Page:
Chapter 0 Key Ideas Correlation, Correlation Coefficient (r), Section 0: Overview We have already explored the basics of describing single variable data sets. However, when two quantitative variables
More informationTreatment and analysis of data Applied statistics Lecture 3: Sampling and descriptive statistics
Treatment and analysis of data Applied statistics Lecture 3: Sampling and descriptive statistics Topics covered: Parameters and statistics Sample mean and sample standard deviation Order statistics and
More informationChapter 17: Aggregation
Chapter 17: Aggregation 17.1: Introduction This is a technical chapter in the sense that we need the results contained in it for future work. It contains very little new economics and perhaps contains
More informationAppendix C: Graphs. Vern Lindberg
Vern Lindberg 1 Making Graphs A picture is worth a thousand words. Graphical presentation of data is a vital tool in the sciences and engineering. Good graphs convey a great deal of information and can
More informationInteractive Math Glossary Terms and Definitions
Terms and Definitions Absolute Value the magnitude of a number, or the distance from 0 on a real number line Additive Property of Area the process of finding an the area of a shape by totaling the areas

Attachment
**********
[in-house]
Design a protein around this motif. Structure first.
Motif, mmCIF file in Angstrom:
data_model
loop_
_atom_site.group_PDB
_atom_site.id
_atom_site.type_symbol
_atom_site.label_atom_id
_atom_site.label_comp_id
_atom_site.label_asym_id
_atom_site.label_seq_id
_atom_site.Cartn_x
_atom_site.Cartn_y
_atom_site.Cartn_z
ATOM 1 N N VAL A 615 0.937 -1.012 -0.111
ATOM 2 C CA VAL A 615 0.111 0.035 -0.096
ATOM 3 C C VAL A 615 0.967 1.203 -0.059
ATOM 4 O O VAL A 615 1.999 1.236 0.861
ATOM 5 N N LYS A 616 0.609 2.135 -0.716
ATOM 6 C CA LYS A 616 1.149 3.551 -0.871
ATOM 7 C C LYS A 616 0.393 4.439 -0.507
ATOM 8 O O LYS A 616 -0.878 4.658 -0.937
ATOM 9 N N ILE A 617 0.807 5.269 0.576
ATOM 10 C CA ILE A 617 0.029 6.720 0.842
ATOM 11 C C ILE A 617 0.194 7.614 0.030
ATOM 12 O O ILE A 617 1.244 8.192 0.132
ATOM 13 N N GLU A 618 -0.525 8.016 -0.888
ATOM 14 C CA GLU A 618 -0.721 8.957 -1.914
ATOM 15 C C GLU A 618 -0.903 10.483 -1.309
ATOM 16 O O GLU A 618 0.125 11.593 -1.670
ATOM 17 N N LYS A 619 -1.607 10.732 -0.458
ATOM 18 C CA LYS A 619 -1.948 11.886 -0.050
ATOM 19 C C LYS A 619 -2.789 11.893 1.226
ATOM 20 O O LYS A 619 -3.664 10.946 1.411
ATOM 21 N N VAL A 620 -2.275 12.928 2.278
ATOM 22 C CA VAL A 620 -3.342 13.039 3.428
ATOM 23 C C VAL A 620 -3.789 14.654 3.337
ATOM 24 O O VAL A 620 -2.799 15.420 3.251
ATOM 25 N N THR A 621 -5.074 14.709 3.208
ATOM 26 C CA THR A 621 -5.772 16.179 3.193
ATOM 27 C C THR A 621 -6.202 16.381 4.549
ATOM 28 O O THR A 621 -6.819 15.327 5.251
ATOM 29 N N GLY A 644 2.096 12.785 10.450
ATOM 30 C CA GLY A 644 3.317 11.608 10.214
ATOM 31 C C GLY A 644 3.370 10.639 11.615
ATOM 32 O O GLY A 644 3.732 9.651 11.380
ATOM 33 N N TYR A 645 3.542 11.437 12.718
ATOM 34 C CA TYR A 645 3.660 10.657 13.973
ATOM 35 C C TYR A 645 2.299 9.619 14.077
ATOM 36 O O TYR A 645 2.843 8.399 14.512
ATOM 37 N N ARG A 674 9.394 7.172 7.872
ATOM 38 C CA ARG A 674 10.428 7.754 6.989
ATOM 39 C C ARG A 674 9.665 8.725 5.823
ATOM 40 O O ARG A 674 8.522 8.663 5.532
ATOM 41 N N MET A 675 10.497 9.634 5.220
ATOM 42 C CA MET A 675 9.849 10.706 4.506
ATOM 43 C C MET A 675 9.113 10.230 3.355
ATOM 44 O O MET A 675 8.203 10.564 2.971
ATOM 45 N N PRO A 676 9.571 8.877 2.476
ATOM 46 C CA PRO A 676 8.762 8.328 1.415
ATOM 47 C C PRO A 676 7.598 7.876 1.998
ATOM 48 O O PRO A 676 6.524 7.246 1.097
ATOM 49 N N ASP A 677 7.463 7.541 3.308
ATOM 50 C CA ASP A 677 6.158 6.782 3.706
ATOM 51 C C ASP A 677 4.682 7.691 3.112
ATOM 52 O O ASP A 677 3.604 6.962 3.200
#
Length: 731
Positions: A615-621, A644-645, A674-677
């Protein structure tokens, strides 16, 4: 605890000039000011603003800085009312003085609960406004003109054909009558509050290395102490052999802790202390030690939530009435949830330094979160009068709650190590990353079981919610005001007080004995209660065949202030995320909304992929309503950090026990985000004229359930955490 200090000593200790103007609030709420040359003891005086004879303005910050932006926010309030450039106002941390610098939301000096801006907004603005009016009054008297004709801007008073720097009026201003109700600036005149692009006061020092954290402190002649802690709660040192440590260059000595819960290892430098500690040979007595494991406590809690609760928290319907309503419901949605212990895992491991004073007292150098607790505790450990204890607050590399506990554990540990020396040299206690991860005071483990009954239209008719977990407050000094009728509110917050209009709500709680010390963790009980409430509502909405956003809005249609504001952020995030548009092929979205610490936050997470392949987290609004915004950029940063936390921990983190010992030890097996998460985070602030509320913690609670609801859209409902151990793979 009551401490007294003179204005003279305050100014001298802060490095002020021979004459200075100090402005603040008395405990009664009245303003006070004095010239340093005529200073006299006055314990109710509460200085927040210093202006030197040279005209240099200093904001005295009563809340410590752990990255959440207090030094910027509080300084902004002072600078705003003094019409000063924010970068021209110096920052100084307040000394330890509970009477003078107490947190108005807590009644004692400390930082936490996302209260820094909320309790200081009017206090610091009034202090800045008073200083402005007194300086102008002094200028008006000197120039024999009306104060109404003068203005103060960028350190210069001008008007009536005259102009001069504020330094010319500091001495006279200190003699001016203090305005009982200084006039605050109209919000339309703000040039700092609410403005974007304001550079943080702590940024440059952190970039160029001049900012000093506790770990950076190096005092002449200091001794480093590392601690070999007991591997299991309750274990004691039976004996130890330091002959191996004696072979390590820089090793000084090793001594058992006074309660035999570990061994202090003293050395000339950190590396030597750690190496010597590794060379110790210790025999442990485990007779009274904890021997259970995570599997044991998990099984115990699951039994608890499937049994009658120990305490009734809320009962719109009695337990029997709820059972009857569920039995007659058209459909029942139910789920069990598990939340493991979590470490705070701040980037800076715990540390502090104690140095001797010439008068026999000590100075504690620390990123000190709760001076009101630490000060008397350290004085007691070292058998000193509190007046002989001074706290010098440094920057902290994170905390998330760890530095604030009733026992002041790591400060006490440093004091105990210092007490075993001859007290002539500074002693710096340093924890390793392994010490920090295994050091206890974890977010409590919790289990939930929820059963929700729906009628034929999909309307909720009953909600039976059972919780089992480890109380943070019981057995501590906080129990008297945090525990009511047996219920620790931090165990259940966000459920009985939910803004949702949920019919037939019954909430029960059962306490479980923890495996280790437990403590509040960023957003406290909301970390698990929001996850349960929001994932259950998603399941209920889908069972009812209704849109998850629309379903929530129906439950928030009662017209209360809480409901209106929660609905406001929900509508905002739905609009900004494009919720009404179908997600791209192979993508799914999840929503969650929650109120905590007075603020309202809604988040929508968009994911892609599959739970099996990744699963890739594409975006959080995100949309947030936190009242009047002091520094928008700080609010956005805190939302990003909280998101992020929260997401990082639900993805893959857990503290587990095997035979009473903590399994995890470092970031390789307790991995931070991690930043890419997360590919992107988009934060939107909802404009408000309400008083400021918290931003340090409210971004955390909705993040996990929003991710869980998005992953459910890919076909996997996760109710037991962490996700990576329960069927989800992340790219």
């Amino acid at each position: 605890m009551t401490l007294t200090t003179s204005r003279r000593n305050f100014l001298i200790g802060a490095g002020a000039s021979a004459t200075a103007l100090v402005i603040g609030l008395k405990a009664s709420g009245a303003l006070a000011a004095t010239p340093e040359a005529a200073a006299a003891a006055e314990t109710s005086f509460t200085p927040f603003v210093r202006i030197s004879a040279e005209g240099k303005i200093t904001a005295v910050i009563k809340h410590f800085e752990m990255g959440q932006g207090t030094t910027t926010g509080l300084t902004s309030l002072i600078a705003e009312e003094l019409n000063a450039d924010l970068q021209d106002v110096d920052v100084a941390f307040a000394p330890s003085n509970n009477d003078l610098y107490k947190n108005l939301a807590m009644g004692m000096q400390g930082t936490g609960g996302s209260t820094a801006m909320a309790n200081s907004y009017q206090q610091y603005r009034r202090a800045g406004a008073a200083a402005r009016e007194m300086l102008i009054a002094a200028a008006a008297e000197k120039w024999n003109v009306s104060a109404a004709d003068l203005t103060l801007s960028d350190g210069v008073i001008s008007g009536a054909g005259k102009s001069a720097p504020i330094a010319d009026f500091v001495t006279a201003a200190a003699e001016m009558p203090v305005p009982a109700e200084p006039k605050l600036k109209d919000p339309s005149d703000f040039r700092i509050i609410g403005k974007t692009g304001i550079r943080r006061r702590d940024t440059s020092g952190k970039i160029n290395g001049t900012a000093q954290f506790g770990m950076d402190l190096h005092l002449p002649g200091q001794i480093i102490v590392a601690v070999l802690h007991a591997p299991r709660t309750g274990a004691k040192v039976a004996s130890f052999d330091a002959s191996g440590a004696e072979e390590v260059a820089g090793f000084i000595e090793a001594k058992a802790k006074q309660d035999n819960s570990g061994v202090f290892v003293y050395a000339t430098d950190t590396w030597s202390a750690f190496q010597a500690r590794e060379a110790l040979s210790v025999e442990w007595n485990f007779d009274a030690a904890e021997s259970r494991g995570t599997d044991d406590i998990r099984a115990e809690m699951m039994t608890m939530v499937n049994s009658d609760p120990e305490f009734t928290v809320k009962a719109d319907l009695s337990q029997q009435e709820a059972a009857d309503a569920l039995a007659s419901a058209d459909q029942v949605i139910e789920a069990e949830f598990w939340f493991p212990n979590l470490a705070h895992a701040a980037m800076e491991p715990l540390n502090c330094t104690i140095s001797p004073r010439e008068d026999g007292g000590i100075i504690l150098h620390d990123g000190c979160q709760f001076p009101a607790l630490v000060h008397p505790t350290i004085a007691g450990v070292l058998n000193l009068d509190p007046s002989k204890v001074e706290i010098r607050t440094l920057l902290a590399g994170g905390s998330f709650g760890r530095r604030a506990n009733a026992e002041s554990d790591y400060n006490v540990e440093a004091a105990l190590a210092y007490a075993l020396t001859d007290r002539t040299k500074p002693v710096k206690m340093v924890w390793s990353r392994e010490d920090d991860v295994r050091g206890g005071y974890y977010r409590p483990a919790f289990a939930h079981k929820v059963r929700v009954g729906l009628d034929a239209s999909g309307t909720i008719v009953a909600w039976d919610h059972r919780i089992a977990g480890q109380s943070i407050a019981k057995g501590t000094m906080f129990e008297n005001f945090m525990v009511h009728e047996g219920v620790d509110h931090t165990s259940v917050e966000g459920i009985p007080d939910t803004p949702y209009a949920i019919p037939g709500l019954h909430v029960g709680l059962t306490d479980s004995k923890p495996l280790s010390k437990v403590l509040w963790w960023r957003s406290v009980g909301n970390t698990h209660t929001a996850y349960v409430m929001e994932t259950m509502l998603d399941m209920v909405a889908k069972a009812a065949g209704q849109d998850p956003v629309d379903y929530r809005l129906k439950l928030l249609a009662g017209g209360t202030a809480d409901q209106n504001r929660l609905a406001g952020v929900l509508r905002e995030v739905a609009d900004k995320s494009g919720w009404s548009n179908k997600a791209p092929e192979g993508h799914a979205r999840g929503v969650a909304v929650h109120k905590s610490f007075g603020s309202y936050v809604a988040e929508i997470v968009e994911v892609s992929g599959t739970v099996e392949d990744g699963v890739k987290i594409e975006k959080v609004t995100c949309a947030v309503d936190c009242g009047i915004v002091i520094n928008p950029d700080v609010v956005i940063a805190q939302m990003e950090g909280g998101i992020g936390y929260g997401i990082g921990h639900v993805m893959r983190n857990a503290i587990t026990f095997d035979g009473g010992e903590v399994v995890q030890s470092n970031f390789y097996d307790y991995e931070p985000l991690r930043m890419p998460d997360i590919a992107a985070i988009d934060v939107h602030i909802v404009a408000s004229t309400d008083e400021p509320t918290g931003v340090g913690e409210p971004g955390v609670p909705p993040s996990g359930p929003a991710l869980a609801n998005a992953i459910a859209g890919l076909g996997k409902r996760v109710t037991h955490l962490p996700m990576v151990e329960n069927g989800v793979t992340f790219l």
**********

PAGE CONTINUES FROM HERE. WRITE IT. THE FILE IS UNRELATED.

More information7. Normal Distributions
7. Normal Distributions A. Introduction B. History C. Areas of Normal Distributions D. Standard Normal E. Exercises Most of the statistical analyses presented in this book are based on the bellshaped
More informationMasconomet Regional High School Curriculum Guide
Masconomet Regional High School Curriculum Guide COURSE TITLE: Algebra 2 COURSE NUMBER: 1322 DEPARTMENT: Mathematics GRADE LEVEL(S) & PHASE: 10 12, CP LENGTH OF COURSE: Full Year Course Description: This
More informationCOGNITIVE TUTOR ALGEBRA
COGNITIVE TUTOR ALGEBRA Numbers and Operations Standard: Understands and applies concepts of numbers and operations Power 1: Understands numbers, ways of representing numbers, relationships among numbers,
More informationPiecewise Cubic Splines
280 CHAP. 5 CURVE FITTING Piecewise Cubic Splines The fitting of a polynomial curve to a set of data points has applications in CAD (computerassisted design), CAM (computerassisted manufacturing), and
More informationReview for Calculus Rational Functions, Logarithms & Exponentials
Definition and Domain of Rational Functions A rational function is defined as the quotient of two polynomial functions. F(x) = P(x) / Q(x) The domain of F is the set of all real numbers except those for
More informationMathematics Online Instructional Materials Correlation to the 2009 Algebra I Standards of Learning and Curriculum Framework
Provider York County School Division Course Syllabus URL http://yorkcountyschools.org/virtuallearning/coursecatalog.aspx Course Title Algebra I AB Last Updated 2010  A.1 The student will represent verbal
More information